Ultimately, the report from the IEA should be worrying for the industry. The agency itself has faced criticism for not being more at the forefront of calling for a clean energy transition, and its forecasts for renewables have consistently undershot actual improvements for renewable technologies. The agency also continues to call for more upstream oil and gas investment. In other words, the IEA is somewhat conservative, and has been slow to recognize major shifts in the energy sector.

As such, the majors should probably take note when the IEA says something like “the transformation of the energy sector can happen without the oil and gas industry.” They can drag their feet, and will become increasingly ravaged by policy change and a deterioration in their core business. Or, they could proactively transform themselves, as the IEA says they should. Solutions to climate change “cannot be found within today’s oil and gas paradigm,” the agency said.

By Nick Cunningham of Oilprice.com

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Nick Cunningham

Nick Cunningham is an independent journalist, covering oil and gas, energy and environmental policy, and international politics. He is based in Portland, Oregon.  More

Comments

  • Lee James - 22nd Jan 2020 at 12:10am:
    What say those who are intimately involved in the oil industry? Is the EIS report accurate? Is the industry really not doing much to further clean energy and prepare for weakening petroleum demand? What is the role and responsibility of the oil industry in providing a suitable product for today and tomorrow?

    There's lots to digest in this article. I suspect it's going to be a tough one to chew on.
  • Mamdouh Salameh - 22nd Jan 2020 at 3:44am:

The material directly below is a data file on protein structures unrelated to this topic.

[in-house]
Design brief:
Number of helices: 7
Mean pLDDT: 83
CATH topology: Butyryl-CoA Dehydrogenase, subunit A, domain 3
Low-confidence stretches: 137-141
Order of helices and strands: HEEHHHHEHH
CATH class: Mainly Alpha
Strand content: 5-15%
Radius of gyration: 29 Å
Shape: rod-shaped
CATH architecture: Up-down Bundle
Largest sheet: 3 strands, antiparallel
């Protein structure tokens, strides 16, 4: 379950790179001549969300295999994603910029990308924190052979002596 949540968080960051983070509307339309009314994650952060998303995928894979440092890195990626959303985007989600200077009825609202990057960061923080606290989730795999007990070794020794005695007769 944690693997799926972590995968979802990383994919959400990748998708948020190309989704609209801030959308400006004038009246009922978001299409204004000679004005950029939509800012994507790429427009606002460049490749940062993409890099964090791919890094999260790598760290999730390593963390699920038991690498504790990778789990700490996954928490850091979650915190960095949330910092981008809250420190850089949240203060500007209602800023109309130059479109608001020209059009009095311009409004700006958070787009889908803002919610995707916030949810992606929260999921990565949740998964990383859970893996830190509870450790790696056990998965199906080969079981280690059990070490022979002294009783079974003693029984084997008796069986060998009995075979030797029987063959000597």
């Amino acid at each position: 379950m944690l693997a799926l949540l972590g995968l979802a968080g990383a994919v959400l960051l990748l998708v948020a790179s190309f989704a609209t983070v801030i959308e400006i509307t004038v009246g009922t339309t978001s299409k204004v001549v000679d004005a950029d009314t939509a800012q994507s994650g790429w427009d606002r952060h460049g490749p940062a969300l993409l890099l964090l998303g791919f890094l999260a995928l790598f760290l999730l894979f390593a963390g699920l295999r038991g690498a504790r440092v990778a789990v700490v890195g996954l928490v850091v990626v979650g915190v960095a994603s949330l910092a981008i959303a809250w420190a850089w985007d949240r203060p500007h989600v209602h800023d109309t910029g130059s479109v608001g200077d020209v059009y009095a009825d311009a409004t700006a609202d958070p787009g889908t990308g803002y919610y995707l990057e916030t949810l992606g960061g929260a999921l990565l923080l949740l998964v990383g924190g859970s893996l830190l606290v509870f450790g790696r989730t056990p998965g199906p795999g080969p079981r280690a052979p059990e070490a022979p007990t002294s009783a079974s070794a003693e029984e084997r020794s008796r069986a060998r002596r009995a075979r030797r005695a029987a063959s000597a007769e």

The recent report by the International Energy Agency (IEA) on climate change is no more than a cheap attempt by the IEA to burnish its environmental credentials at the time of the World Economic Forum in Davos. The fact that the IEA has been hyping most about US shale oil industry whose record on natural gas flaring is among the worst in the world renders its recent report worthless.

    While global energy transition is already taking place spearheaded by natural gas, the transition will be gradual during the 21st century. There could never be an imminent energy transition. If energy transition to accelerate, it should have three realistic objectives: benefit to users, practicability and lucrative financial returns from renewables comparable to those from oil and gas. Any mandatory transition measures would only achieve limited success.

    Still, Big Oil is investing in clean energy solutions and has accelerated such investments in recent years partly to be genuinely involved in the clean energy solutions. Shell’s spending on new energy solutions for instance at $2 bn amounts to 8% of its total annual capital spending.

    And while Big Oil is facing increased investor pressure to start addressing climate change risks and set emission-reduction targets, three pivotal principles will continue to govern the global energy scene well into the future, namely there will neither be a post-oil era nor peak oil demand either or an imminent energy transition throughout the 21st century and far beyond. Oil and gas will continue to be the core business of the global oil and gas industry well into the foreseeable future.

    Dr Mamdouh G Salameh
    International Oil Economist
    Visiting Professor of Energy Economics at ESCP Europe Business School, London